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Traveler’s Schizophrenia

Amy Dewitt

n: a temporary nomadic disorder with symptoms ranging from: severe irritability and uncontrolled outpourings of internal voice; to: withdrawal into self, emotional instability, and detachment from reality

Free climbingI am a laidback traveler.  I shy away from itineraries and large groups.  I love spending the moment in the moment instead of reflecting on the moment that just passed and then regretting.  Flexibility is crucial, positive attitude a must, and I take several leaps and bounds outside of all established comfort zones just to try something new.  I travel under the wings of the main concepts of the Confucian communication model, searching for reciprocity always with gratitude to offer in return, avoiding confrontation and aggression, and ready to learn.  I want to deserve the gifts of culture; I want to be a dialectical traveler.  That does not make my mode of travel a cut above any other form; rather it is a sieving process for all potential travel companions to go through before committing to traveling with me.  I may have forgotten to mention the word “ideally”: for the betterment of the individual, it would ideally weed out all travelers that do not share the same sentiments.  It does not.  As a result, I have diagnosed myself with a very serious case of Wintrob’s “disadaptation syndrome,” illustrated in Eric Haanstad’s meditation on his fieldwork on Thailand, The Other City of Angels: Ethnography with the Bangkok Police; this combination of stress, fear, and feelings of incompetence that I like to call “traveler’s schizophrenia.”

Youngsters in India“I am quiet but happy,” I claimed, “I’m just trying to soak in
India.”  Those were the only words I could force out of my pursed lips to the ears of my comrade, left to take the brunt of my behavior.  The rest of the travel companions were a collection of a Semester at Sea trip that just so happened to share the travel sense that sends me reeling into my diagnosed symptoms when out in the foreign world.  There was miscommunication on top of miscommunication.  The negativity was too heavy to carry, and there is never an approved point and time to drop off the load.  My fellow travelers in India were wearing a foggy lens concerned with the next transmission.  They saw themselves as the source of knowledge and were ready to pass it on.  When the receiver would not receive, then came the negativity passed on to the unsuspecting Confucian modeler.  It was an intrusion into this land as far as I was concerned.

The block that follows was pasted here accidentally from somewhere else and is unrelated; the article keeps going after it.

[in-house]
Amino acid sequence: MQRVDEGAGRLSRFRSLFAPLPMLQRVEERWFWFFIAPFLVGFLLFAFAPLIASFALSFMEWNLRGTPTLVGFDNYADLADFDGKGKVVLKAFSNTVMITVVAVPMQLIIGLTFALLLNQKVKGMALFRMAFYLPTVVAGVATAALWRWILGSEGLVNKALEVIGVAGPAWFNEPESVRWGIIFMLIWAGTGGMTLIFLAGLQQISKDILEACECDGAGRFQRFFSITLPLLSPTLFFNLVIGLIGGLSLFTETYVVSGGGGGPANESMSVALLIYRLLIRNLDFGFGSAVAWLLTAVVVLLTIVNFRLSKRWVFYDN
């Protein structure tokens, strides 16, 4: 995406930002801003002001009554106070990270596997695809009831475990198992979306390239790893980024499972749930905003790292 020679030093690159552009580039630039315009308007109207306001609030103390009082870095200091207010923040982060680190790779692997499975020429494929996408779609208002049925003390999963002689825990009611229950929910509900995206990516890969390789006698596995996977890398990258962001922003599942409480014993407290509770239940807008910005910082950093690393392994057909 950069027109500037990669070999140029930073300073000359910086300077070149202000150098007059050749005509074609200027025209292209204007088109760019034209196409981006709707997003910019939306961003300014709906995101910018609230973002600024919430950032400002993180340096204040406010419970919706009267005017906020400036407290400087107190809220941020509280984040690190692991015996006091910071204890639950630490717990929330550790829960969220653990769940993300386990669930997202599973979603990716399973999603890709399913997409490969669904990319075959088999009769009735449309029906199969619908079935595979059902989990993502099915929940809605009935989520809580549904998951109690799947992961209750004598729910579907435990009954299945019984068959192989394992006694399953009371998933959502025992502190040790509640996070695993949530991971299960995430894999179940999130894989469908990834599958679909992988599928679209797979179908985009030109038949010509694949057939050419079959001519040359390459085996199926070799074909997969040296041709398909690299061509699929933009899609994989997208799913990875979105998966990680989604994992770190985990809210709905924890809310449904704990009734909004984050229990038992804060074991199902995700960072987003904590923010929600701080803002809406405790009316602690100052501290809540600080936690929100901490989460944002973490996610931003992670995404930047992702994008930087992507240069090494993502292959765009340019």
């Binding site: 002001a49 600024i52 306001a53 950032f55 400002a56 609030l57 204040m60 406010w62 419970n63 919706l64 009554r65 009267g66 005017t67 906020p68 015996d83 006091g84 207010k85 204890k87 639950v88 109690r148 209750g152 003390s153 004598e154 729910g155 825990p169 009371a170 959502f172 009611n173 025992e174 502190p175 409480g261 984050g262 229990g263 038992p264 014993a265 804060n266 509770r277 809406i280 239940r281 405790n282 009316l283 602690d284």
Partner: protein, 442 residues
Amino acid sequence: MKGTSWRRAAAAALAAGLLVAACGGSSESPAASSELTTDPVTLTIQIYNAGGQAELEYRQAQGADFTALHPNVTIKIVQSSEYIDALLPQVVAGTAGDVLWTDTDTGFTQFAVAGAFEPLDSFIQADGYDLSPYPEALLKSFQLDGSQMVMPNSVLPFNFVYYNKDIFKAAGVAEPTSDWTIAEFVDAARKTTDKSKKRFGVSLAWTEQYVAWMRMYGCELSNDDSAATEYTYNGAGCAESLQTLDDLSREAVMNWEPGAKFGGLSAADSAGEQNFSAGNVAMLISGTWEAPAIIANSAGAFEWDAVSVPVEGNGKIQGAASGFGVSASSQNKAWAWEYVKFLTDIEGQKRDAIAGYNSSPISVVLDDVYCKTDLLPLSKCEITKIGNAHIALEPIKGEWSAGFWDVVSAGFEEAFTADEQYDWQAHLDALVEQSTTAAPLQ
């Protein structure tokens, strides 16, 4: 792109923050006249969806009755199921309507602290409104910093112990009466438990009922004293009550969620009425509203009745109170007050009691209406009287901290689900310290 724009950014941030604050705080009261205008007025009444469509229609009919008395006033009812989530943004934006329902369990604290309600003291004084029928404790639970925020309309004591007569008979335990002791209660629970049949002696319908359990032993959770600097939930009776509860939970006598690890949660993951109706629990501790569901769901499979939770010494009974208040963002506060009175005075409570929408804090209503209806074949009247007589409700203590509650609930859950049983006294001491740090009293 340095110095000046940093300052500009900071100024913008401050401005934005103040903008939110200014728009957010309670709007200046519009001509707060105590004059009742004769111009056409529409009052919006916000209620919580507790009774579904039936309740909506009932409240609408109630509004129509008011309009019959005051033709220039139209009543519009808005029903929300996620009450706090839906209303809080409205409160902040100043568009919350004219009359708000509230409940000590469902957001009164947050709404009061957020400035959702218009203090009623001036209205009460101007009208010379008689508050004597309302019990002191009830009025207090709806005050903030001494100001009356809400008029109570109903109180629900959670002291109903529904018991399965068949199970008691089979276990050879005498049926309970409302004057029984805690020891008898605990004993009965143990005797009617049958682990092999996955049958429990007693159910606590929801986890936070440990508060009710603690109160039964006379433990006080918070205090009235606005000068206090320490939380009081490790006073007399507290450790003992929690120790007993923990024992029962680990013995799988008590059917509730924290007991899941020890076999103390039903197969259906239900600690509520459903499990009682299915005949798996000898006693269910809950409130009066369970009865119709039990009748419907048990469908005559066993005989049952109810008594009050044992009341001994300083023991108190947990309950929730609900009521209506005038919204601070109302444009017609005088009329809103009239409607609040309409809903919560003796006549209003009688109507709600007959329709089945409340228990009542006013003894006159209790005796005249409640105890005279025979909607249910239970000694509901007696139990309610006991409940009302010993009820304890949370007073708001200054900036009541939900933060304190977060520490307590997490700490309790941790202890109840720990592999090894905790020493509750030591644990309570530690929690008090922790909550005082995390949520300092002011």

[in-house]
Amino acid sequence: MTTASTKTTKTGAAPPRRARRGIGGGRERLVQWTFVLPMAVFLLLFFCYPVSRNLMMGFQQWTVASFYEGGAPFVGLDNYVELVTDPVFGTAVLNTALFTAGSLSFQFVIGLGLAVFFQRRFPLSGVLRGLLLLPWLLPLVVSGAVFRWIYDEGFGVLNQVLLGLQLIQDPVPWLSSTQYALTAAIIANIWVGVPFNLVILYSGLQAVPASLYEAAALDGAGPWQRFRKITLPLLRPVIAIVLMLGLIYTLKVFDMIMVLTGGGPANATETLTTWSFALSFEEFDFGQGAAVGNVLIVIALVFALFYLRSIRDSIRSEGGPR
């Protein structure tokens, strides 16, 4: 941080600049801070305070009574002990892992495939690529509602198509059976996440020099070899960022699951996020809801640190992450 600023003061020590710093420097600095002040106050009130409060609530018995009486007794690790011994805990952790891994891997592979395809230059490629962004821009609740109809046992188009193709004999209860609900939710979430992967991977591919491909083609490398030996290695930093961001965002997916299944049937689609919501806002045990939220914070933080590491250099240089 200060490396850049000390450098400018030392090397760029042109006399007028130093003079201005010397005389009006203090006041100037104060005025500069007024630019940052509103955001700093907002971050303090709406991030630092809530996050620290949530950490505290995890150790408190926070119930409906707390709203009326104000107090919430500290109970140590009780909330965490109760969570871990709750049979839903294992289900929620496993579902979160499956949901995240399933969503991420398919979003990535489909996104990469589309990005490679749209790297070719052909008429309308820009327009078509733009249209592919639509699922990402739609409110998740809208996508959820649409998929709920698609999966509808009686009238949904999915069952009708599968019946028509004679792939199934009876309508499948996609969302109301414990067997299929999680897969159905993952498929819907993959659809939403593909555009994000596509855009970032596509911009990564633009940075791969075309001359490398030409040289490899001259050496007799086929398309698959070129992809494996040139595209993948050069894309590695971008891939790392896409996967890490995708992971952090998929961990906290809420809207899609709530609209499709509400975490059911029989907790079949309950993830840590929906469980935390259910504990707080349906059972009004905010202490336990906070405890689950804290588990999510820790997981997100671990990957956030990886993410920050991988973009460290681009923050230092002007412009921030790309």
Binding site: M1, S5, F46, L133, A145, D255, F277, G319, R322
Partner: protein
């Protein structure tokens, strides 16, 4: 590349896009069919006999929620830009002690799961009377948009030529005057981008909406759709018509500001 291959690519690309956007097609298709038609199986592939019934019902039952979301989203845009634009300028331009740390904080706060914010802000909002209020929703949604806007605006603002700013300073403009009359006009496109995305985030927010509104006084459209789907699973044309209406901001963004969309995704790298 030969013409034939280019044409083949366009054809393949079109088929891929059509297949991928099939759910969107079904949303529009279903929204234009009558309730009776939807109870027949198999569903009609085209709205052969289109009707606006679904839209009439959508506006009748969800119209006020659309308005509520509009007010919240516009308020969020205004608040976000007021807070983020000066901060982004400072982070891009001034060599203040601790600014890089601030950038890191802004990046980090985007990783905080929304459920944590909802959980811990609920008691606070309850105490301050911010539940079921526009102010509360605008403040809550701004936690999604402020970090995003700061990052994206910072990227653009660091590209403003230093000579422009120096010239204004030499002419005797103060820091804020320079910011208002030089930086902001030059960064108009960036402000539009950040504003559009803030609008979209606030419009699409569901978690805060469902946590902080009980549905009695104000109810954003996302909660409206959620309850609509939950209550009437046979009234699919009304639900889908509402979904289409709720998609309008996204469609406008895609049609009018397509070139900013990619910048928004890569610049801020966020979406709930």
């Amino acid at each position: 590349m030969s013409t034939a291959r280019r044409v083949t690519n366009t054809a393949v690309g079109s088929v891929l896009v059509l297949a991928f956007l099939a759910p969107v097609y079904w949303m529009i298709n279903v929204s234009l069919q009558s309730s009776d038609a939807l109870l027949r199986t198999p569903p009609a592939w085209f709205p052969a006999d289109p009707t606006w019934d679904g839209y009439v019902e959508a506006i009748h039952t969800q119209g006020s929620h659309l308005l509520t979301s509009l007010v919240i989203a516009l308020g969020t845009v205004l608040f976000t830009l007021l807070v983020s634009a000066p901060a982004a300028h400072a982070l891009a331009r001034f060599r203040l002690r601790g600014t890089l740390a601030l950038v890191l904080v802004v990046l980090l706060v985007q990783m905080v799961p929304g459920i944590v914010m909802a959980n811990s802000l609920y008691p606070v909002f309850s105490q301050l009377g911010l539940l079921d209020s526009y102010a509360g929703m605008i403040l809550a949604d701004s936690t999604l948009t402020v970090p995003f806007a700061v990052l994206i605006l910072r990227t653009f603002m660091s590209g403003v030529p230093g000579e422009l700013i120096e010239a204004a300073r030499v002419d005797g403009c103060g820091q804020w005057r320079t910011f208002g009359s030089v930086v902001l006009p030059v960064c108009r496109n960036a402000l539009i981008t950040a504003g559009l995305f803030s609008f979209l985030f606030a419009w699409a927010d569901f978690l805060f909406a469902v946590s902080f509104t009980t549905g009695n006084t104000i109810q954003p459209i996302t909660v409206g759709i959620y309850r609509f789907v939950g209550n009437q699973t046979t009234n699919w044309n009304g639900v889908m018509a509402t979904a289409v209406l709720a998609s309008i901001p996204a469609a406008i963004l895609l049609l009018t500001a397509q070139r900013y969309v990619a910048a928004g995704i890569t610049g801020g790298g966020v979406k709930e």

Prognosis:  I will continue to cross paths with others that do not share the same whimsical mentality that I carry when traveling.  Instead of extending such whimsy to a positive, healthy interaction, I allow the noise to get in the way of intercultural communication and
Eating with handsunderstanding.  The noise is the most severe symptom of traveler’s schizophrenia; sinking into internal seclusion and irritability is a resignation of cultural relativism.  I become “disadapted” and depersonalized “left to blindly inhabit secret personal worlds of discomfort and alienation.”  But as Haanstad continues to discover, “depersonalizing” oneself can be useful.  I learned a lot about Amy the Traveler while in IndiaIntra-culturally, I was not functioning; therefore, inter-culturally I was mute to the communication of an intricate land and people.  India tried haggling its gifts with me, but I turned down much more than just beggars and peddlers; I sold myself short on the entire package.

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